Bar Shooting Kansas

Kansas man who took two bullets to stop reported racist gunman revisits scene

The man shot while trying to stop an alleged racist gunman at a Kansas bar, was released from the hospital on Tuesday and invited to India to celebrate his actions.

On February 22, Adam Purington, 51, allegedly shot two men in Austins Bar and Grill in Olathe, Kansas, then shot Ian Grillot while Grillot, 24, who was trying to stop him, as reported by Daily News. Both men that Purington targeted were originally from Hyperbad, India. Kan. Srinivas Kuchibhotla was killed in the attack.  Alok Madasani was injured.

Purington, a Navy veteran, reportedly heckled Kuchibhotla and Madasani. He believed the men were from Iran. Grillot said he escorted the suspect out of the bar after he saw him harassing Kuchibhotla and Madasani, both engineers at Garmin. About an hour and a half after, the suspect returned with a gun.

Purington allegedly yelled “get out of my country” before he shot both men. Grillot said he tried to chase the suspect down so that “he could be held responsible for his terrible actions.” That’s when Purington turned around shot Grillot.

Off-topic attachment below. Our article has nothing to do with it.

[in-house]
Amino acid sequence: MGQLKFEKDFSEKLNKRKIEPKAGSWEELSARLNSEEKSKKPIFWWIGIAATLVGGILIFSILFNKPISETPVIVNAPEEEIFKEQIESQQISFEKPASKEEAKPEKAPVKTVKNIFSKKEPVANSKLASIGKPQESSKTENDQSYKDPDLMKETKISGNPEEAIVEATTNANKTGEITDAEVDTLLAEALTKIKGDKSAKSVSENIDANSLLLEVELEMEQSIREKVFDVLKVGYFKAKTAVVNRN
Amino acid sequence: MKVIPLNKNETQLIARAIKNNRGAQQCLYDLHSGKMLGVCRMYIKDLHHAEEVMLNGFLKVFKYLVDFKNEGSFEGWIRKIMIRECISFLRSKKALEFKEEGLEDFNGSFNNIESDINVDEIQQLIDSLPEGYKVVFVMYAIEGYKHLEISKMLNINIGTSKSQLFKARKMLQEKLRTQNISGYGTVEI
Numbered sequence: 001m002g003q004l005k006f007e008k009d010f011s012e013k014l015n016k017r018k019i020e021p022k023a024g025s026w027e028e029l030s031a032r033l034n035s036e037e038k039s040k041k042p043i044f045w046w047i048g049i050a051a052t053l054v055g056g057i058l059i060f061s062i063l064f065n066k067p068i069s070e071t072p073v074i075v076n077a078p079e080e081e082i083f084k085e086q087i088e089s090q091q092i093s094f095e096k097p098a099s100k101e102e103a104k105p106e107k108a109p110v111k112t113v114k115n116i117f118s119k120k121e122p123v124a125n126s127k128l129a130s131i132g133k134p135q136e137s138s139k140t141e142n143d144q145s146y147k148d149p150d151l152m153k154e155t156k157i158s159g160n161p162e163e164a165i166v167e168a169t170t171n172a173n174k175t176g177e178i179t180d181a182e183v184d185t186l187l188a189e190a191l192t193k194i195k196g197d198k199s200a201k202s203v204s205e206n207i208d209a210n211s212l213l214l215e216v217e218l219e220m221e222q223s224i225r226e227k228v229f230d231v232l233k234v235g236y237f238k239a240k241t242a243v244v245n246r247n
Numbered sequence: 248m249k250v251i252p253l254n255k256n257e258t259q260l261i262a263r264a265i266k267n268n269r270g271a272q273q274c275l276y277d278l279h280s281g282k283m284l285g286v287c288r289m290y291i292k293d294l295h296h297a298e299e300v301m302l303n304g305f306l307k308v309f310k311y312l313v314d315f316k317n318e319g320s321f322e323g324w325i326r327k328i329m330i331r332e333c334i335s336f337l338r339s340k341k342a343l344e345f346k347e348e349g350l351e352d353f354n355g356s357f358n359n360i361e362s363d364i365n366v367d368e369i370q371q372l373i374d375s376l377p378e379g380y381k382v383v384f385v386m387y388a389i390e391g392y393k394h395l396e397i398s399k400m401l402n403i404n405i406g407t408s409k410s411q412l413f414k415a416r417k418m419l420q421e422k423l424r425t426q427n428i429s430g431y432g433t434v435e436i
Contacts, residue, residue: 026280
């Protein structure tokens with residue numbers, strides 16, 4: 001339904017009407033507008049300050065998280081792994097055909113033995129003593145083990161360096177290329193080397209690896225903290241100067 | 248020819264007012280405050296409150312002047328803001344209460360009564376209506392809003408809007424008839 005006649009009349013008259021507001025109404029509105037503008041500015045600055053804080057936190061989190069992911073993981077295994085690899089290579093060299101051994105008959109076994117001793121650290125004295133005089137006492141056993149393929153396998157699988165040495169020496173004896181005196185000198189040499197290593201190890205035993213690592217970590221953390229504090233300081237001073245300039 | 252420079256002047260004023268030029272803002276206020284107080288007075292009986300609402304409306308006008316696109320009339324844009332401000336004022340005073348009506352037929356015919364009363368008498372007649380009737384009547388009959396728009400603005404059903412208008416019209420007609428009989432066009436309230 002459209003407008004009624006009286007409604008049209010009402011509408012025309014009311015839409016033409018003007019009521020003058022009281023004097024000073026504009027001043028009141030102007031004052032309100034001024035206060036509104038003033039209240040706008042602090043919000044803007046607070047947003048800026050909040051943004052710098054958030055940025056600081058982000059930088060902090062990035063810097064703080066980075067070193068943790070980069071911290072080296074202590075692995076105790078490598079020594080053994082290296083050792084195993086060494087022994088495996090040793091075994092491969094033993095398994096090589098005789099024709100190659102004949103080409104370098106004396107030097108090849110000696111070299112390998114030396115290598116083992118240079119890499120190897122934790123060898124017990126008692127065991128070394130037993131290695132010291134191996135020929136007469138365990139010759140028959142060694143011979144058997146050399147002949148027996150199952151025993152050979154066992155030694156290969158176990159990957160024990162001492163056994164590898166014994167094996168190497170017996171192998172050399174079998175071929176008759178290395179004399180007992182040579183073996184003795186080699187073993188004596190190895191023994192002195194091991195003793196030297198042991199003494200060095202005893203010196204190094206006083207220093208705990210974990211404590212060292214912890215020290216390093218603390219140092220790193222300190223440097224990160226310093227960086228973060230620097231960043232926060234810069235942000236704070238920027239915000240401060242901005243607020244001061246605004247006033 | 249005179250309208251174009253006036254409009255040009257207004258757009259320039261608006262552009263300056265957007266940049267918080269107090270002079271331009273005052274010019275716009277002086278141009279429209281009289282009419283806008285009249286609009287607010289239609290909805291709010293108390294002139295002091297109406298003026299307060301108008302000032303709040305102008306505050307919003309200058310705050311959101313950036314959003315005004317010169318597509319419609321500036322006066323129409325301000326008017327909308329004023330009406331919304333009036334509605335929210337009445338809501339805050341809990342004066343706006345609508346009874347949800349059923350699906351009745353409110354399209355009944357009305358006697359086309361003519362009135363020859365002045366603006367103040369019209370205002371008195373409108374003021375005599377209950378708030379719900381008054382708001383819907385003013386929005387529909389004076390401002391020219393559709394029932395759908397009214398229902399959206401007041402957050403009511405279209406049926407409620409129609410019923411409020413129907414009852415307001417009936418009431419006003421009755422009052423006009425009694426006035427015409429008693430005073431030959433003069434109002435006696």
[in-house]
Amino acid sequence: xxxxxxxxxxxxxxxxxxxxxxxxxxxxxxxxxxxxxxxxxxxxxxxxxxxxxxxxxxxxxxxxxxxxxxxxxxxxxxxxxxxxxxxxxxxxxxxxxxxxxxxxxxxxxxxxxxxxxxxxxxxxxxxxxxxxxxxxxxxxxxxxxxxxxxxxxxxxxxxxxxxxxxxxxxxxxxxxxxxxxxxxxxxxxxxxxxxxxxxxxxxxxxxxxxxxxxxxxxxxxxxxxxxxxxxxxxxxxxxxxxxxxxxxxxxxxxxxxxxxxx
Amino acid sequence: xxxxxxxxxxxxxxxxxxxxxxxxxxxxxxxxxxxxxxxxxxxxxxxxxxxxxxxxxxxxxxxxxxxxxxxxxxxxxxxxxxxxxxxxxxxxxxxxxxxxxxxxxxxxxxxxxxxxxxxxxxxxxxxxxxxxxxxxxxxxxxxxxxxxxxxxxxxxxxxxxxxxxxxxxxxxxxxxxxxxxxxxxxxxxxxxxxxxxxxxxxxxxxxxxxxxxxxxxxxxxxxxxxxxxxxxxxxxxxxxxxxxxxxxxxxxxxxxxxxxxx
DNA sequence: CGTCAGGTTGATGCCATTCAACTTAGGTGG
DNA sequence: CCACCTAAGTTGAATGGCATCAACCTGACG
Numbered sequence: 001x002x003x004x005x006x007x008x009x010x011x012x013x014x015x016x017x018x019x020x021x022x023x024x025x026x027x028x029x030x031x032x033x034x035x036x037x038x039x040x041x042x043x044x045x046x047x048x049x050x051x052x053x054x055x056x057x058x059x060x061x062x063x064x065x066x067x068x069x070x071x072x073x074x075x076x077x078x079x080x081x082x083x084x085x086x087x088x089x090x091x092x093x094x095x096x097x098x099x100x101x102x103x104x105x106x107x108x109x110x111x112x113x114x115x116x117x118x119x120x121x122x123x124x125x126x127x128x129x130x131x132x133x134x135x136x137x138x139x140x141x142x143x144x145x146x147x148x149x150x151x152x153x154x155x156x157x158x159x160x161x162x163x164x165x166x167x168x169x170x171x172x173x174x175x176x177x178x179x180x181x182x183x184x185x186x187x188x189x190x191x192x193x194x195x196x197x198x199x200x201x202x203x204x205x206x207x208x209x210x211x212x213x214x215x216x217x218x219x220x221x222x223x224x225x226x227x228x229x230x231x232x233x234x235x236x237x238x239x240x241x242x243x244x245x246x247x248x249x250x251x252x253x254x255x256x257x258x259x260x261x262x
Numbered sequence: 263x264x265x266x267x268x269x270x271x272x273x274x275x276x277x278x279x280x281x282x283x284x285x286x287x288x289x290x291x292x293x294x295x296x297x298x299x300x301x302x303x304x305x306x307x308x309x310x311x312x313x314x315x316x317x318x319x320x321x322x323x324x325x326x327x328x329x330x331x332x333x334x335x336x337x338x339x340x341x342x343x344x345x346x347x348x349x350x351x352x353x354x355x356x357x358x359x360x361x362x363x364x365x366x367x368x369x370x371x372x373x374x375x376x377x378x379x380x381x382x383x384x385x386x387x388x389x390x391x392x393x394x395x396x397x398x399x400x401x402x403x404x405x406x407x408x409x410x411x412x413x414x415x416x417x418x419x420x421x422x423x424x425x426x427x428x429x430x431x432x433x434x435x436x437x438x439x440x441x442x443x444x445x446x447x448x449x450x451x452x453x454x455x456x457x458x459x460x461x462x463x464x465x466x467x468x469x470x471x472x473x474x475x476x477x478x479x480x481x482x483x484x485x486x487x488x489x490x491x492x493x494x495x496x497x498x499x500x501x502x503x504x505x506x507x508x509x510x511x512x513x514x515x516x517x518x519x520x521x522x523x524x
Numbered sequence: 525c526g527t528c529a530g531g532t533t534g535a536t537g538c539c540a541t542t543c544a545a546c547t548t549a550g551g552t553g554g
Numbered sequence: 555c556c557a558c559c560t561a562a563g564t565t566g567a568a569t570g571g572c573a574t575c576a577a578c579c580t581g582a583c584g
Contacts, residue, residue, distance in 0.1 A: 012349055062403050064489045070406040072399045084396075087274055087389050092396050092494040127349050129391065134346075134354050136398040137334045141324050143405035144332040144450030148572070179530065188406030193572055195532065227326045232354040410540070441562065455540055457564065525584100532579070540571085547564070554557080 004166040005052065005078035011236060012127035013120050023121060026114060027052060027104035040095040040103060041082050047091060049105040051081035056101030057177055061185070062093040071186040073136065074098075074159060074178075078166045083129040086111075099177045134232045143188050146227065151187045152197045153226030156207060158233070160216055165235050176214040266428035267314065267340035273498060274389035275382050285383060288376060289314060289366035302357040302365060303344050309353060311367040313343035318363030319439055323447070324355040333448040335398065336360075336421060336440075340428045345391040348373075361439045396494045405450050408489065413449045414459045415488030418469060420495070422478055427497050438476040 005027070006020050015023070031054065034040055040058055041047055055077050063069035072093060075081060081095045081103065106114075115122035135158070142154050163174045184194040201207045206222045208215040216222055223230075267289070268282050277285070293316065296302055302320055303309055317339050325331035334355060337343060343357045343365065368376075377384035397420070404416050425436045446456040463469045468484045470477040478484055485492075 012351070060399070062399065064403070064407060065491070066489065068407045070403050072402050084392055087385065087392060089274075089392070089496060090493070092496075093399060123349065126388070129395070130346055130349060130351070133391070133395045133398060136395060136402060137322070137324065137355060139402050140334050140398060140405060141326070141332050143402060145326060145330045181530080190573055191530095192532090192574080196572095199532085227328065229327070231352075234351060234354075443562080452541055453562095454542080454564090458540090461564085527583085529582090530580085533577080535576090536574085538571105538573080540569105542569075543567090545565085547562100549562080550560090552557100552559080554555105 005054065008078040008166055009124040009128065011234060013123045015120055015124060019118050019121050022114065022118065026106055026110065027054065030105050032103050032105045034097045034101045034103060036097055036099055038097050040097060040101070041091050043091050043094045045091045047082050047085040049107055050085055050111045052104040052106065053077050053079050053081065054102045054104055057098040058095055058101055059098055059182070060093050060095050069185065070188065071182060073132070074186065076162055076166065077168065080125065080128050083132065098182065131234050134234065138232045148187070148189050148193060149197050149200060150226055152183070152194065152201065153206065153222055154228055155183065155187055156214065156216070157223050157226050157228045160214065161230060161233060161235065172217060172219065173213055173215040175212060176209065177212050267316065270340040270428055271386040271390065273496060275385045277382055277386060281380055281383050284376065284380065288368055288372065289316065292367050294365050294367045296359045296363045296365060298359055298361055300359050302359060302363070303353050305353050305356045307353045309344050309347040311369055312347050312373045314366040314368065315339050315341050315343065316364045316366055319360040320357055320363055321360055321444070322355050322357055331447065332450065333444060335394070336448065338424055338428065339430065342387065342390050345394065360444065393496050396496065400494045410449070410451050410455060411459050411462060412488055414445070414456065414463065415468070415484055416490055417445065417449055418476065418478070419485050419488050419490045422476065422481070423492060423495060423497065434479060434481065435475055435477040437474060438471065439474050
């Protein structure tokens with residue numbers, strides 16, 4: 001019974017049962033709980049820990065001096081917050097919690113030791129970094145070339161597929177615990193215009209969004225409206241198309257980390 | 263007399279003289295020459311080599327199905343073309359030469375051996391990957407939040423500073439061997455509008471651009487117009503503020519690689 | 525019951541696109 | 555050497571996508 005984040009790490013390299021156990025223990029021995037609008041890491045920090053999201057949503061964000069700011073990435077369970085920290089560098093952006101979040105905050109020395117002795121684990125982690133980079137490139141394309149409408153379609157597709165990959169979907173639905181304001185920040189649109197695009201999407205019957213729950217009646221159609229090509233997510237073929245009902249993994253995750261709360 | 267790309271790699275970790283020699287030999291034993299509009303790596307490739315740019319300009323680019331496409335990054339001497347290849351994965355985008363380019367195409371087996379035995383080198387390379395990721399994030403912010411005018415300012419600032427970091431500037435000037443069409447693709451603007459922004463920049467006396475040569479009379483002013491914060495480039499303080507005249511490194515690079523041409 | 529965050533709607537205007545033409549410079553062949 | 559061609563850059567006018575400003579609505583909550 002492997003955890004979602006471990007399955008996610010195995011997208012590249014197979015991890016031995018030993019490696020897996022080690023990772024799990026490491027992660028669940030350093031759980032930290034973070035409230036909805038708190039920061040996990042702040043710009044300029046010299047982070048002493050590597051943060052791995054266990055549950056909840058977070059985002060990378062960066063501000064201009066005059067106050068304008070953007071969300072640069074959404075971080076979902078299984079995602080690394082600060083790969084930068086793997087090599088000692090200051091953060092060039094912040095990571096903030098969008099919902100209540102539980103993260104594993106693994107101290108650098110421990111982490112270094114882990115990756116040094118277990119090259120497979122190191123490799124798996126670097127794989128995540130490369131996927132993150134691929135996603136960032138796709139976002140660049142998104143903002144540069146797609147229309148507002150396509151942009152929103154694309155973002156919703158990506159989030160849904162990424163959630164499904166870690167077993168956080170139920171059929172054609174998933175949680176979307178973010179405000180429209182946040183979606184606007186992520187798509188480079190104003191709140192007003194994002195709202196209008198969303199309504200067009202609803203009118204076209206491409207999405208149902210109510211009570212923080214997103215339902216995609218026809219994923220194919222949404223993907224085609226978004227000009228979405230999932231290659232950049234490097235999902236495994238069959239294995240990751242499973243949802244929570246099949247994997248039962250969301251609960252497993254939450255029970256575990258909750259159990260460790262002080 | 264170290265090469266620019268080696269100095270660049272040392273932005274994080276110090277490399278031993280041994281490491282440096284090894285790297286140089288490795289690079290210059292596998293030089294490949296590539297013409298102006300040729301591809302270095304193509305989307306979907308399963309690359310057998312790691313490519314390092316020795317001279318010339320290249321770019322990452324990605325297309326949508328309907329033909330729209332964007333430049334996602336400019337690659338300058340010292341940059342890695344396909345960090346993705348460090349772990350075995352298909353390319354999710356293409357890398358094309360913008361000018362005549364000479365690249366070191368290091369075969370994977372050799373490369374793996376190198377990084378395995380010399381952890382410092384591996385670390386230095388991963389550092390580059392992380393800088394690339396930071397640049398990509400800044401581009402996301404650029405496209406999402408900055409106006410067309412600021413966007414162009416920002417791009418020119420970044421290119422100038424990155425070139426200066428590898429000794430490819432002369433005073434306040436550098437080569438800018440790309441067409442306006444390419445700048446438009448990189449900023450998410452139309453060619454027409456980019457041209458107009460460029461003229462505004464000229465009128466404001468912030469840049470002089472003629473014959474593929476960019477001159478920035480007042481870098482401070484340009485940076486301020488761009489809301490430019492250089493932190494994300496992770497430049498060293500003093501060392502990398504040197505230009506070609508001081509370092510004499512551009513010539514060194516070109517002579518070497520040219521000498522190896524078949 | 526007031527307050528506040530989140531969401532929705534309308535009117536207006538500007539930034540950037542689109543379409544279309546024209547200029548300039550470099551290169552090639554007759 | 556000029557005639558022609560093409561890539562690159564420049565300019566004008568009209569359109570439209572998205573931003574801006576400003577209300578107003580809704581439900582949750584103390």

The shooter was arrested about 70 miles away in an Applebees restaurant in Clinton, Missouri.

According to the University of Kansas Health System, Grillot was released Tuesday from the hospital, but still faces challenges as he recovers from his injuries.

“He has been through many hurdles since the shooting and still faces physician appointments and other critical meetings in the days ahead.”

Grillot attended church the day after his hospital release. Shortly after, he went back to the site of the shooting to gain “closure.” He was pictured posing with people at the bar wearing a blue Kansas City Royals jersey.

On Thursday, Grillot returned to the hospital to meet with Anupam Ray, consul general of the Indian consulate in Houston.

Ray invited Grillot and his family to visit India, after the hero fully recovers. The country remains grateful to Grillot.

The 24-year-old didn’t want to comment whether or not this was a hate crime, or what kind of punishment he believes Purington should get if found guilty.

“I do feel sympathy for him, but his actions were unjustified and uncalled for. I don’t think I can say I forgive him, because he nearly took my life, he took another man’s life and he had the intent of taking another man’s life. To me that’s not forgivable.”

The shooting got enough attention that President Trump condemned it in his first address to a joint session of Congress.

[Feature Photo: AP/Orlin Wagner]